As Certeau scholars have observed, The Practice of Everyday Life is in many ways an unfinished work, more a "blueprint" of the parameters of a cultural studies methodology than a "map" of a complete theory. His dominant metaphor of the tactical is spatial; a strategy "assumes a place," whereas a tactic has no distinct "localization" and therefore no recognizable "borderline" that totalizes it with respect to the other. This metaphor seems to anticipate recent work on mobility and networks emerging from social theory. Inspired by the actor-network theory of sociologist Bruno Latour, a new model of textuality and cultural transmission sees texts as assemblages created by multiple actors working in a network. These distributed models of textual production and dissemination describe many premodern practices, especially the diverse modes of mobility affecting medieval texts, bodies, and objects. As Jacques Le Goff put it, "The mobility of men in the Middle Ages was extreme." From the itineraries that offer a new perspective on medieval literary history to the decentering and recursive journeys of literary characters, nonlinear and distributed mobilities inform a variety of medieval texts and practices. The most trenchant application of such network theories to the medieval lyric has been put forth in some recent essays by Ardis Butterfield. Butterfield notes that English and Anglo-French lyrics tend to reuse and circulate set phrases—in fact, clichés—that may come from lyric or nonlyric contexts, such as sermons. This aspect of medieval lyric was once derided under a twentieth-century critical paradigm that privileged originality and uniqueness in its assessment of literary value. Yet as Butterfield points out, these clichés are generative and creative; they are an important component of medieval lyric form that encourages a model of reading that differs from the New Formalist paradigm of close reading. Instead, Butterfield proposes "lateral" reading, which would take into account the contexts (social and textual) in which these set phrases circulate, and the Latourian networks of lyrics that together constitute the literary object.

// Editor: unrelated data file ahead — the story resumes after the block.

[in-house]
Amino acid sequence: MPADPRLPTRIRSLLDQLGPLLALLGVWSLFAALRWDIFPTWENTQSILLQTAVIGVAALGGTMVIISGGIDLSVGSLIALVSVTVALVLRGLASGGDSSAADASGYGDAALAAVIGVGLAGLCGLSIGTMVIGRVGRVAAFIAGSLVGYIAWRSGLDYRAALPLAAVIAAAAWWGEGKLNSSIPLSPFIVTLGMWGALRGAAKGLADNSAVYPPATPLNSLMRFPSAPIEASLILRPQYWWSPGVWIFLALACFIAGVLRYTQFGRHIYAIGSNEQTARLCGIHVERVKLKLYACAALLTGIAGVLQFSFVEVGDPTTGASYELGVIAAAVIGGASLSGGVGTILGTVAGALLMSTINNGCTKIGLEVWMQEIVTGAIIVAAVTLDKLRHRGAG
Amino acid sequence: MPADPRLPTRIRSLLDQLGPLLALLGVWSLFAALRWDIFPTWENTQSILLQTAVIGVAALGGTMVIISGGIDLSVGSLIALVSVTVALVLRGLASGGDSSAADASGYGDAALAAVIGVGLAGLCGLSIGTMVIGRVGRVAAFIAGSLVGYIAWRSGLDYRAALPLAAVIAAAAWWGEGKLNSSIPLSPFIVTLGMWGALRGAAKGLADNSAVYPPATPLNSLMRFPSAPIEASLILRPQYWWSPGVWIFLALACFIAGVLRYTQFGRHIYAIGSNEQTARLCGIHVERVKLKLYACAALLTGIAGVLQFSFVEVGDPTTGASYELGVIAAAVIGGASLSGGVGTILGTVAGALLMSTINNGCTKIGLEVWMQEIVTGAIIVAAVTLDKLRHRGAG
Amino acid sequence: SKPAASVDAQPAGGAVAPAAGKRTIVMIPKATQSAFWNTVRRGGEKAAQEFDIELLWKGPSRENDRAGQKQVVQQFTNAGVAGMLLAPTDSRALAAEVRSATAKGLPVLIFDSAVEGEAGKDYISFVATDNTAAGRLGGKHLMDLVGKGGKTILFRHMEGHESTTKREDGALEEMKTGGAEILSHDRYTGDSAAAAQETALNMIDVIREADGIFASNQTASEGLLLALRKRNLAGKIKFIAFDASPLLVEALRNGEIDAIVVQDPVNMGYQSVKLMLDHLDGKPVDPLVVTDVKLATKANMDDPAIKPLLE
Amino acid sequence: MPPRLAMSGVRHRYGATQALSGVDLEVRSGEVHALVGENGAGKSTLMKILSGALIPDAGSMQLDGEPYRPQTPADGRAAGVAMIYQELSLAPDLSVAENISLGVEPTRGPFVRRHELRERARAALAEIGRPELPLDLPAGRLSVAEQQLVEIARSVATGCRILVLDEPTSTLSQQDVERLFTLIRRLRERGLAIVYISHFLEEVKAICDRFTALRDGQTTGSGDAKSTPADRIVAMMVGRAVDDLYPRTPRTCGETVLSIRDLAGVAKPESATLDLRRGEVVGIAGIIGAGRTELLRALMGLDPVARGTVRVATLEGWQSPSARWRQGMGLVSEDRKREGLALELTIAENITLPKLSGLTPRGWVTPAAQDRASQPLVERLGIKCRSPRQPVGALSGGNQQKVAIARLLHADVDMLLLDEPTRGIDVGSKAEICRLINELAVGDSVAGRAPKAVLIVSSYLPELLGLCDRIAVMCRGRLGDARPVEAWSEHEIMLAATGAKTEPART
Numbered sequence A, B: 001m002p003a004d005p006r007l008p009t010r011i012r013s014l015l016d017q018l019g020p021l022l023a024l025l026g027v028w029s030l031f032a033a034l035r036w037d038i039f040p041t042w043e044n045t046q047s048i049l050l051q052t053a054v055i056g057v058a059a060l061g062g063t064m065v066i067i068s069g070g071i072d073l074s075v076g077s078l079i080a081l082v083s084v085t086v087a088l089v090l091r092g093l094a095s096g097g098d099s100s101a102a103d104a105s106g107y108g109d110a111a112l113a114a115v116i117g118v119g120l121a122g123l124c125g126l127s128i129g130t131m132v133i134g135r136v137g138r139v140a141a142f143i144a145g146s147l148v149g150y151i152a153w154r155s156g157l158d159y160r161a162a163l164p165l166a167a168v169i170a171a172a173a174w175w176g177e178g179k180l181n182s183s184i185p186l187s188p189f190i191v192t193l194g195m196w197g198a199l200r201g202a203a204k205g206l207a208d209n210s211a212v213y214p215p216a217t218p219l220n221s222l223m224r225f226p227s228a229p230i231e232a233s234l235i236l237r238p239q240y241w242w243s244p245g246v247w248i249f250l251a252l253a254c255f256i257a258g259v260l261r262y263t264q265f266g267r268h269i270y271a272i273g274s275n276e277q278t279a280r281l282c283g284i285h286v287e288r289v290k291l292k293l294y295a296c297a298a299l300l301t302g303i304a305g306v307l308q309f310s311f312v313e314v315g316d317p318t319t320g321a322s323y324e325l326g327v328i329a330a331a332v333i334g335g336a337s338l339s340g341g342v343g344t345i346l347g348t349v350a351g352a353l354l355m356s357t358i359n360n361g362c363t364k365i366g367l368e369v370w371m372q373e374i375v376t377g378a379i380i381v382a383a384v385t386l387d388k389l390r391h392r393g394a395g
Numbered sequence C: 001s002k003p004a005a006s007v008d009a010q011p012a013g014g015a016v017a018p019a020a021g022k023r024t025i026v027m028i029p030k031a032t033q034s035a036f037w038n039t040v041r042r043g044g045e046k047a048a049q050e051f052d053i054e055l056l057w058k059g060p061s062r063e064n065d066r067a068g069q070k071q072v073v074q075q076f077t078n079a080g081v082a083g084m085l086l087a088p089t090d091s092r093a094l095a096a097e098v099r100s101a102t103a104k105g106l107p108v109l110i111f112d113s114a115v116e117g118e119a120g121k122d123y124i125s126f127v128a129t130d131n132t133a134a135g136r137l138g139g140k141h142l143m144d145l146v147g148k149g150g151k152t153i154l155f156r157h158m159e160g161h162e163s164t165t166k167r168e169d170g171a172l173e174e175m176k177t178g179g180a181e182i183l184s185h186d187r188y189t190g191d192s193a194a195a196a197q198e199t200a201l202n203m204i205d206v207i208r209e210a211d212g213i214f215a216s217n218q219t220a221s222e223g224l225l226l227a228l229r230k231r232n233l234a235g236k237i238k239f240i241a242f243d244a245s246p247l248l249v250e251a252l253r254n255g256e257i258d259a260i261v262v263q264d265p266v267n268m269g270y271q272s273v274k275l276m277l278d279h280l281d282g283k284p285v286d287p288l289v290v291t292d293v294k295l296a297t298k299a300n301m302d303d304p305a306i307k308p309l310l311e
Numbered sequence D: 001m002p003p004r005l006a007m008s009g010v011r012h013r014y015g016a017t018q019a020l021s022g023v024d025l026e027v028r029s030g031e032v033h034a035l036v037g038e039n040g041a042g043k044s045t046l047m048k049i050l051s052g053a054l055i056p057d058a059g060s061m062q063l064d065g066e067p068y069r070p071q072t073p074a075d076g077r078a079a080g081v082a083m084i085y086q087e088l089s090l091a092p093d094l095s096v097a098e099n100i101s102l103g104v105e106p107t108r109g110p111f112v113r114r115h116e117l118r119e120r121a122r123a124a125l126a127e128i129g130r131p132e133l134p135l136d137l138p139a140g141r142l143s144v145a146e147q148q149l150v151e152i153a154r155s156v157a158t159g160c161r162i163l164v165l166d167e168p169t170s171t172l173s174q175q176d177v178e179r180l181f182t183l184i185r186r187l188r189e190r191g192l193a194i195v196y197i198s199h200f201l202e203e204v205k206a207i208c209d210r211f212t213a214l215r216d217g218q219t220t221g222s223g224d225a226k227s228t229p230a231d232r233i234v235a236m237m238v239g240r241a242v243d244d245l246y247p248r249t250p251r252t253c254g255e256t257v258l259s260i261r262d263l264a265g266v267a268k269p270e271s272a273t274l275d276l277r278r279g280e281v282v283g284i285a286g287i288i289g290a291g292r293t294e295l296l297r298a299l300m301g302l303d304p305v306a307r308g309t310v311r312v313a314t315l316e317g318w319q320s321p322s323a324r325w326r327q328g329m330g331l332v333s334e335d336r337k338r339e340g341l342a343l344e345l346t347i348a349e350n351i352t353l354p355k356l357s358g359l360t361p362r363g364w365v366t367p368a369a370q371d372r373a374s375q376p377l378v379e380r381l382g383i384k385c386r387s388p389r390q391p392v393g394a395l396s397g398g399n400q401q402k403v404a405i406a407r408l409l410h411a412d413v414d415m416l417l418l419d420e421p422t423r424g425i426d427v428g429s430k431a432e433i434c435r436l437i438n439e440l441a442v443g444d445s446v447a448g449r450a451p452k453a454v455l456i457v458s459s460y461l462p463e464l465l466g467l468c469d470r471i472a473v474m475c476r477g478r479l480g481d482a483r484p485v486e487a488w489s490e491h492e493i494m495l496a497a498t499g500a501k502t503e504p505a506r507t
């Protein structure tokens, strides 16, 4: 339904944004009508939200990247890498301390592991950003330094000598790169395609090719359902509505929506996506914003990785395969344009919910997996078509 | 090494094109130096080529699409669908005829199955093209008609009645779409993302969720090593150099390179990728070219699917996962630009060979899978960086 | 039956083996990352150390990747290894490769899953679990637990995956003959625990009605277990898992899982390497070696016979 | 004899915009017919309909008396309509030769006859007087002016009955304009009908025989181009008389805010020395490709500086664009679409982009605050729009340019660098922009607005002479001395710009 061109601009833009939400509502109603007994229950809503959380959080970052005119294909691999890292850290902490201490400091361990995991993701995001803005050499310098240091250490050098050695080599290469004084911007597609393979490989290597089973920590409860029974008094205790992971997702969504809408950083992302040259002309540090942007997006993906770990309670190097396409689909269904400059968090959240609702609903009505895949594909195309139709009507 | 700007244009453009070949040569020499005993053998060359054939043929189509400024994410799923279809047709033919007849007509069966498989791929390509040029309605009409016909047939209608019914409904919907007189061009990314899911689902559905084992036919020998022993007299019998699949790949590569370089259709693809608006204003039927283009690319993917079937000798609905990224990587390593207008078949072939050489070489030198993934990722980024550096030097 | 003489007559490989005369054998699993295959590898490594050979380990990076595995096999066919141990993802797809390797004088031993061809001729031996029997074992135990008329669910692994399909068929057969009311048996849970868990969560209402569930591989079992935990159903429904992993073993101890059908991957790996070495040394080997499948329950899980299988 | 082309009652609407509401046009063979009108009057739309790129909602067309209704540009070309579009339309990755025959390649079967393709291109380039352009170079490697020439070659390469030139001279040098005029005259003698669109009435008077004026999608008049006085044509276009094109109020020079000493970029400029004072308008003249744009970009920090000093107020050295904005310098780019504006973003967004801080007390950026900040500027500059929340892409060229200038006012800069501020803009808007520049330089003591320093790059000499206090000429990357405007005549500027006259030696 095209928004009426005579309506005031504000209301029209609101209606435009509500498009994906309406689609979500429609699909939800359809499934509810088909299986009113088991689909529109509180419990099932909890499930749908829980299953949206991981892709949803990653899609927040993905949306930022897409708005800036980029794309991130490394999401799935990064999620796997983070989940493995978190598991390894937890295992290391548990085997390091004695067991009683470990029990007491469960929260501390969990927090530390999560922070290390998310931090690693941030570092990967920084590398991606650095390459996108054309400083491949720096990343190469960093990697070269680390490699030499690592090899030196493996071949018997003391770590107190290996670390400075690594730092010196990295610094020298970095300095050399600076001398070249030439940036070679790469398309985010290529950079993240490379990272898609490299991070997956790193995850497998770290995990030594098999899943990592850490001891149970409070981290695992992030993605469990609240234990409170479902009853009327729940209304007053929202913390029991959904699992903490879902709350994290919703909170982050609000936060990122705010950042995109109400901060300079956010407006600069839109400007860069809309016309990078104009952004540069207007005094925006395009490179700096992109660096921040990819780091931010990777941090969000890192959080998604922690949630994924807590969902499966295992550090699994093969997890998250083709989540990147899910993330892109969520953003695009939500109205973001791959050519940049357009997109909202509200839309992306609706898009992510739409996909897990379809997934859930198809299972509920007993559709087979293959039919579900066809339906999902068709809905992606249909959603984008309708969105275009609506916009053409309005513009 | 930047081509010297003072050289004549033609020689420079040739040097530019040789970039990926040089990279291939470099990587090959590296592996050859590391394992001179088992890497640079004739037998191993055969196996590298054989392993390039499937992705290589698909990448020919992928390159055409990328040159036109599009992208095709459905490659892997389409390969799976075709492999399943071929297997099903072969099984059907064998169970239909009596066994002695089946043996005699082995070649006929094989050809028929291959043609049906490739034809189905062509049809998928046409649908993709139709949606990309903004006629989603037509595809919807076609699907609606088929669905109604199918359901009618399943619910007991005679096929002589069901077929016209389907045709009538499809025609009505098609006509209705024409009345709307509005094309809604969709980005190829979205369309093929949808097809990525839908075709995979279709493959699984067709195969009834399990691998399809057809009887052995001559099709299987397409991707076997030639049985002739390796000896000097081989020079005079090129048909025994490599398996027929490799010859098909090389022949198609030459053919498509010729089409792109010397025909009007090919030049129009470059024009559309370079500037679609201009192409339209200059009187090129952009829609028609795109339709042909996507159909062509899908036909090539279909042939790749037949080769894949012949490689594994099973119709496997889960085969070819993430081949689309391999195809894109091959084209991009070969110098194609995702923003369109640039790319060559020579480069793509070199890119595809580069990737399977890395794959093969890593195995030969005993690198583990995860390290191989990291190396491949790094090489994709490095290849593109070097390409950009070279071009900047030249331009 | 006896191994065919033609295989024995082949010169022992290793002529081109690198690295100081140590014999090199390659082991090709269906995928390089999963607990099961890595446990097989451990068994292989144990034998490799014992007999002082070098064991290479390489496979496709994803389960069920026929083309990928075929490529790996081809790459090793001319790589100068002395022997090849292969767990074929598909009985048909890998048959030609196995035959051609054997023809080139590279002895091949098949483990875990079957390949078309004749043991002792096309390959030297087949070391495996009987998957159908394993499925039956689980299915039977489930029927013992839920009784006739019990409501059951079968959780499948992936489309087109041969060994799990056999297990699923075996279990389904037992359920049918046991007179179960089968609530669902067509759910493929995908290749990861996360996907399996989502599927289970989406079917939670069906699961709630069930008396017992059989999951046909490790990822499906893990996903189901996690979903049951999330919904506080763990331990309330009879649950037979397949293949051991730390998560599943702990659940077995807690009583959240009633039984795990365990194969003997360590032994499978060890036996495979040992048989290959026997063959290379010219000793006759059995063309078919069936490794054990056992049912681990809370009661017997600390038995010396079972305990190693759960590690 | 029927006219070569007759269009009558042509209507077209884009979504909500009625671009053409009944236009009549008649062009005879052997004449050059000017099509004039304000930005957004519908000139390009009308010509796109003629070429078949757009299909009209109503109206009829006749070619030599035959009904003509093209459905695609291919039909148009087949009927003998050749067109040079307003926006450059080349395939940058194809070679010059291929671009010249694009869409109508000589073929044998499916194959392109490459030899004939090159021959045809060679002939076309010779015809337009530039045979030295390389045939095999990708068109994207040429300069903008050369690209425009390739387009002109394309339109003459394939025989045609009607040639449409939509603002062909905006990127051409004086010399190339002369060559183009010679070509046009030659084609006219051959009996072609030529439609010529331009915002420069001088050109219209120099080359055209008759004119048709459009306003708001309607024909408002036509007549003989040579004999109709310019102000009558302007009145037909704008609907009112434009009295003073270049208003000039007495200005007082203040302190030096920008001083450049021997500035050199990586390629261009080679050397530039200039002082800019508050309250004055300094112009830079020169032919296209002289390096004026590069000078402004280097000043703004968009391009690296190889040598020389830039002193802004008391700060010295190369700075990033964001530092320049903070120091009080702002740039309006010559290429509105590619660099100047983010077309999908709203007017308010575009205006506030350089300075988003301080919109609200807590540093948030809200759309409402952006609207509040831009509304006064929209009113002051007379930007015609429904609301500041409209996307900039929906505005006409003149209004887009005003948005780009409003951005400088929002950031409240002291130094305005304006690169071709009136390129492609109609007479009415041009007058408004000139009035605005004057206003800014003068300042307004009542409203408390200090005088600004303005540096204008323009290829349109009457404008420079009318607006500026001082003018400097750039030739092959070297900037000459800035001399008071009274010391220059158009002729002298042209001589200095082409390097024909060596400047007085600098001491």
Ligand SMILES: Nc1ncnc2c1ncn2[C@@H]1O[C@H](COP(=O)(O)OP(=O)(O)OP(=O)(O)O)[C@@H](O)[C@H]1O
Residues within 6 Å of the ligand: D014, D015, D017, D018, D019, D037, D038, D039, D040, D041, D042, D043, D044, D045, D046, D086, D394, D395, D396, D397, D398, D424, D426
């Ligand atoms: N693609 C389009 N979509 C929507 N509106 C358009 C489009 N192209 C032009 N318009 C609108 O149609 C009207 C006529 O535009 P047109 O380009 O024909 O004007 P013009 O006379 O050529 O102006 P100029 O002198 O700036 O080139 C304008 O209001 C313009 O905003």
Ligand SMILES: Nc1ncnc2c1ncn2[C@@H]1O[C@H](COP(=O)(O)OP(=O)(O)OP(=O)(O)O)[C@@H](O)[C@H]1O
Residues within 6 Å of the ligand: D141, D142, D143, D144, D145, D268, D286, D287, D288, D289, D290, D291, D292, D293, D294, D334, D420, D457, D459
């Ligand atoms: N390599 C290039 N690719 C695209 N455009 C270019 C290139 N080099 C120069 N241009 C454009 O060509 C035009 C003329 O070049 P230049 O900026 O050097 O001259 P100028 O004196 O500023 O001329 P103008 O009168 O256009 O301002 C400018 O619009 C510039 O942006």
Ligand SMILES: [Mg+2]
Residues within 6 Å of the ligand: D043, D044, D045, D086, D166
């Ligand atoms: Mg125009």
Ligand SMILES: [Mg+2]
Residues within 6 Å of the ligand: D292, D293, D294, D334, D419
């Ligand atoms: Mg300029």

Latour's theories are in many ways more complex and complete than Certeau's, and Butterfield's applications of them are helpful in understanding how medieval lyric form uses and reuses common language in creative rather than derivative ways. Yet exploring medieval lyrics with respect to tactics allows us to extend these theories in two important ways. First, it broadens our definition of the genre from one based on form to one based on practice. Framing it in this way creates a largely false dichotomy; of course, practice is integral to both Latourian network theory and Butterfield's lyric theory. Yet because tactics apply explicitly to practices or modes of operation, considering medieval lyrics in this light shifts our focus from verbal patterning to social practice. Second, Certeau's theory invites us to consider the relationships between lyrics and the normative textual, literary, or performative conventions in a way that refuses to set up a hierarchy or opposition between them. The lyric is a tactical text that relies on and emerges from these standards without being disciplined by them. In this model, rather than appropriating institutional textual practices to gain legitimacy (in the form of authority, for example), lyrics deploy them tactically, exploiting their potentialities, multiplicities, and ambiguities that strategic proscriptions attempt to unify, streamline, and regulate.